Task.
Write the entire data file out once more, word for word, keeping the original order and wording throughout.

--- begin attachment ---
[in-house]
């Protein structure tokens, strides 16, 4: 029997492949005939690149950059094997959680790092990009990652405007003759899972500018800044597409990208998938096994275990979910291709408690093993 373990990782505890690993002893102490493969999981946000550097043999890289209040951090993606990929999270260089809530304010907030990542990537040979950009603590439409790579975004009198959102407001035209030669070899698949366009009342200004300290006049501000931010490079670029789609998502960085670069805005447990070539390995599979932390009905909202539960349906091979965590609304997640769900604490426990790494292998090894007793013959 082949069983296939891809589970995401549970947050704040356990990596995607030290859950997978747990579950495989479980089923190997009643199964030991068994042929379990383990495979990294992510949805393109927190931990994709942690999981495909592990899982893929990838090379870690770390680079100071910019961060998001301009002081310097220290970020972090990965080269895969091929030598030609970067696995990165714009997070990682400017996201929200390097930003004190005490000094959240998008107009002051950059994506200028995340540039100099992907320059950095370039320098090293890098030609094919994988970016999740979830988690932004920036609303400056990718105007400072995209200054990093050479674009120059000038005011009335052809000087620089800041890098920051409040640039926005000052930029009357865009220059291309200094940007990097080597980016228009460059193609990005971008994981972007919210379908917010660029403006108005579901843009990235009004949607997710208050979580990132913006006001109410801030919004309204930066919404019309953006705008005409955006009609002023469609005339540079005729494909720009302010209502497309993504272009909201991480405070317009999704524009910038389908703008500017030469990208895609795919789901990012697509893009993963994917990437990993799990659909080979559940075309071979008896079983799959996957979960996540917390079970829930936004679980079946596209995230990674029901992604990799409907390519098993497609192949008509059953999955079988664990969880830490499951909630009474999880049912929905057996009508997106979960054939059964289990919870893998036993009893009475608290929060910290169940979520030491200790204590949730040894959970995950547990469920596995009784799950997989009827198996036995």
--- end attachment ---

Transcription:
[in-house]
């Protein structure tokens, strides 16, 4: 029997492949005939690149950059094997959680790092990009990652405007003759899972500018800044597409990208998938096994275990979910291709408690093993 373990990782505890690993002893102490493969999981946000550097043999890289209040951090993606990929999270260089809530304010907030990542990537040979950009603590439409790579975004009198959102407001035209030669070899698949366009009342200004300290006049501000931010490079670029789609998502960085670069805005447990070539390995599979932390009905909202539960349906091979965590609304997640769900604490426990790494292998090894007793013959 082949069983296939891809589970995401549970947050704040356990990596995607030290859950997978747990579950495989479980089923190997009643199964030991068994042929379990383990495979990294992510949805393109927190931990994709942690999981495909592990899982893929990838090379870690770390680079100071910019961060998001301009002081310097220290970020972090990965080269895969091929030598030609970067696995990165714009997070990682400017996201929200390097930003004190005490000094959240998008107009002051950059994506200028995340540039100099992907320059950095370039320098090293890098030609094919994988970016999740979830988690932004920036609303400056990718105007400072995209200054990093050479674009120059000038005011009335052809000087620089800041890098920051409040640039926005000052930029009357865009220059291309200094940007990097080597980016228009460059193609990005971008994981972007919210379908917010660029403006108005579901843009990235009004949607997710208050979580990132913006006001109410801030919004309204930066919404019309953006705008005409955006009609002023469609005339540079005729494909720009302010209502497309993504272009909201991480405070317009999704524009910038389908703008500017030469990208895609795919789901990012697509893009993963994917990437990993799990659909080979559940075309071979008896079983799959996957979960996540917390079970829930936004679980079946596209995230990674029901992604990799409907390519098993497609192949008509059953999955079988664990969880830490499951909630009474999880049912929905057996009508997106979960054939059964289990919870893998036993009893009475608290929060910290169940979520030491200790204590949730040894959970995950547990469920596995009784799950997989009827198996036995």